In December 2019, a new human virus species, called coronavirus 2019, was identified in Wuhan, Hubei Province, China which causes a disease named “COVID-19”. The virus can rapidly spread and cause acute respiratory syndrome due to the presence of pneumonia. On March 11, 2020, the WHO declared the disease as a pandemic due to its high prevalence. Clinical signs of COVID-19 are fever (85%), cough (70%), and shortness of breath (43%) as well as gastrointestinal and abdominal symptoms. In some cases, it can even be asymptomatic. The overall mortality rate for COVID-19 is 2.3% [1, 2]. Real time-polymerase chain reaction (RT-PCR) is the standard method for diagnosing the COVID-19 with high specificity, but it has some limitations. This test has a relatively high rate of false-negative due to mistakes in sampling and low sample size; therefore, its sensitivity is low (about 59–71%). Moreover, PCR is a time-consuming test and the limitation in the number of PCR kits delay the testing process, which can lead to delayed diagnosis and early initiation of quarantine during the pandemic [2, 3]. Computed tomography (CT) scan with high sensitivity is another method for early detection of COVID-19 and can compensate the low sensitivity of PCR. CT scan sensitivity is high (about 88–98%). Moreover, CT is a feasible modality with a short scan time and long throughput time [3,4,5,6]. By combining CT with PCR, the COVID-19 can be diagnosed earlier.
After the prevalence of COVID-19, extensive studies of lung CT images have been conducted to differentiate COVID-19-induced pneumonia from other causes of pneumonia, which are based on the visual evaluation of images [2,3,4,5,6,7,8,9,10,11,12,13]. The CT scan for diagnosing COVID-19 can show unusual pneumonia, often peripheral, with the bilateral distribution in the lungs. The patchy ground-glass opacities (GGOs) and consolidations are the most common findings of chest CT scan for the COVID-19. The GGO pattern is often multifocal, bilateral, peripherally extended, and consolidated due to interlobular and broncho vascular septal thickening [11, 12]. In the early stages of the disease, GGO may appear as a single focal lesion, mostly in the lower lobe of the right lung [10, 14].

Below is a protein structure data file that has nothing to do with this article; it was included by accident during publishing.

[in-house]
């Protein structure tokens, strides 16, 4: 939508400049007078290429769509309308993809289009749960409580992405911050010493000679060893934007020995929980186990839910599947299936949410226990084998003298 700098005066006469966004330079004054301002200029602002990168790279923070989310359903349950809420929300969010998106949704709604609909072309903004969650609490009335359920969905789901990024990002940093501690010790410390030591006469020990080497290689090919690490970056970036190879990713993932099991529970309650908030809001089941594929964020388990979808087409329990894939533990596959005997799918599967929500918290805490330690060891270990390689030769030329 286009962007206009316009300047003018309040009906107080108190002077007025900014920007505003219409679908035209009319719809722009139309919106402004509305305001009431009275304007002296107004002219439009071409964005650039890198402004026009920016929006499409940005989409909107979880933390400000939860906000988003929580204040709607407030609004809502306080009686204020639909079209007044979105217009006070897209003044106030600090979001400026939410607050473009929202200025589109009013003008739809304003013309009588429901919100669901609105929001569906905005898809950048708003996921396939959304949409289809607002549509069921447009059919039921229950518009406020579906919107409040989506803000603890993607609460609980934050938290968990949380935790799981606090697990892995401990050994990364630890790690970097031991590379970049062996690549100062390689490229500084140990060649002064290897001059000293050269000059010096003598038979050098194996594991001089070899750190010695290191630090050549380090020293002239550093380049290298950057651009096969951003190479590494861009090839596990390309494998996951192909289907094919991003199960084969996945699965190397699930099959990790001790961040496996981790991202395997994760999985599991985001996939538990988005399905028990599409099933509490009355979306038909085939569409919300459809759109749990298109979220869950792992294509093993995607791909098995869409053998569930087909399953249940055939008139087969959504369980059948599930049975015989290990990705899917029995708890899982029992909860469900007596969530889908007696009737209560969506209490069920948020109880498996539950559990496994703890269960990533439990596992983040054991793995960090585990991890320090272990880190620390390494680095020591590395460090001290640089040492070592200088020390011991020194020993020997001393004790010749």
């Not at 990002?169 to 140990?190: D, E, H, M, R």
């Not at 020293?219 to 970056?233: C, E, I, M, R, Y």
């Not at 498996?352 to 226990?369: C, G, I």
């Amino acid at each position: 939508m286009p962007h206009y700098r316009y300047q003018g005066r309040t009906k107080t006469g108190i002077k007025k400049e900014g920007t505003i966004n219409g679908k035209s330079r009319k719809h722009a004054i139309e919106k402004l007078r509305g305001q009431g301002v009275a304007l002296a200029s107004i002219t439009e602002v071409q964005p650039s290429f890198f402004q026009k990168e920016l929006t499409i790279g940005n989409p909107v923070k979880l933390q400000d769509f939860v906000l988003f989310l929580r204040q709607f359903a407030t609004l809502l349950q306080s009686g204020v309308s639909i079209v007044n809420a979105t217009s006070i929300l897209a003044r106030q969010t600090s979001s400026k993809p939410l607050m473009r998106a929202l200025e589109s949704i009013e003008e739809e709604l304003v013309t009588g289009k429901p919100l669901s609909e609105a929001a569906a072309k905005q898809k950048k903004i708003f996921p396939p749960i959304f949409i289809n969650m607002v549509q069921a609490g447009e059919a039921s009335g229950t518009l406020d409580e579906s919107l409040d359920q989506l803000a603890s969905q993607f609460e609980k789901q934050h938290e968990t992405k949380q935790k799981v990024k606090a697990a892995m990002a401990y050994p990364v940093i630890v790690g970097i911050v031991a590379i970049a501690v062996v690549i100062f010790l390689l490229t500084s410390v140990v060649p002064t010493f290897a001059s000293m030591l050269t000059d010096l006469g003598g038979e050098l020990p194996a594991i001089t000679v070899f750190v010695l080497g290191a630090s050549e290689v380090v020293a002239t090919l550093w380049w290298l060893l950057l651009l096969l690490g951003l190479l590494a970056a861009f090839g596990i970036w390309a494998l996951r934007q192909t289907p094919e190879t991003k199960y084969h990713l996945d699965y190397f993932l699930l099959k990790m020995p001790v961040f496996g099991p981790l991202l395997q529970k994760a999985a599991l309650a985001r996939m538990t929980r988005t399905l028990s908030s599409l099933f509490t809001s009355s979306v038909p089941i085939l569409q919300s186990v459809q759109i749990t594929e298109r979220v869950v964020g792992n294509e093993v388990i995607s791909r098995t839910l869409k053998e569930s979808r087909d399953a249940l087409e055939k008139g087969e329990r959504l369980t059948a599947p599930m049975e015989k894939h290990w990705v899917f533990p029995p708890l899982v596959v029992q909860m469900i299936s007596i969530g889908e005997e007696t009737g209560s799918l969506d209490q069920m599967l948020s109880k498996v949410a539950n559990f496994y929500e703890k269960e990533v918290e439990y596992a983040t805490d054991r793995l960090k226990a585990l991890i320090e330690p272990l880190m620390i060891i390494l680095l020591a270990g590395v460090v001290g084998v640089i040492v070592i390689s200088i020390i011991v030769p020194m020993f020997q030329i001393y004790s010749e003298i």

The most common morphological patterns of GGOs are patchy and rounded ones followed by triangular and linear ones. Some studies have been reported that an angular GGO with pleural thickening is a specific radiological sign of the COVID-19. Crazy paving is also common due to thickened interlobular septa with intralobular reticulations [3,4,5]. The prevalence of GGO and consolidation on the chest CT scan in COVID-19 patients are 88% and 32%, respectively. Moreover, bilateral lung involvement and peripheral opacities are observed in 87% and 76% of the cases .
The findings of CT scan can be changed as the disease progresses. In the early stages of COVID-19 infection, small patchy GGO with thick vascular lumens is more common, although, 56% of patients have normal CT images in the first two days after the onset of clinical symptoms (fever, dry cough, etc.). In cases of disease progression, multiple GGOs, and some severe cases, the patients may have diffuse lesions in both lungs that appear as a "white lung". When the patient recovers, the pulmonary GGOs disappear in the CT image, and the squamous pattern of GGO and parenchymal fibrosis are not observed [4, 10, 14].
The major limitation of CT scan in diagnosing COVID-19 and differentiating it from other types of pneumonia is its low specificity (about 34%) [4, 6]. So, it seems to be very important to find new methods in medical imaging such as texture analysis, mathematical techniques to extract significant features from an image at different gray levels, assessing the heterogeneity of lesions, and improving the early diagnosis .
Radiomics, as a completely non-invasive method for quantitative analysis of medical images, has recently received considerable attention. The radiomics method objectively characterizes multiple types of lesions using the advanced quantitative features called “radiomics features” of medical images. These features are divided into two general categories: semantic and agnostic features. Semantic features are used to describe morphologic characteristics of lesions such as shape, size, location, etc., while agnostic features (e.g. textural features) use innovative mathematical procedures in a high-throughput way that may fail to be perceived by the naked eye [16,17,18,19].
This study aimed to explore the association of textural radiomics features with COVID-19 pneumonia and non-COVID pneumonia on lung CT scans; that may provide a noninvasive means to profound recognition of the radiomics pattern of COVID-19 pneumonia as well as help to differentiate between COVID and non-COVID patients.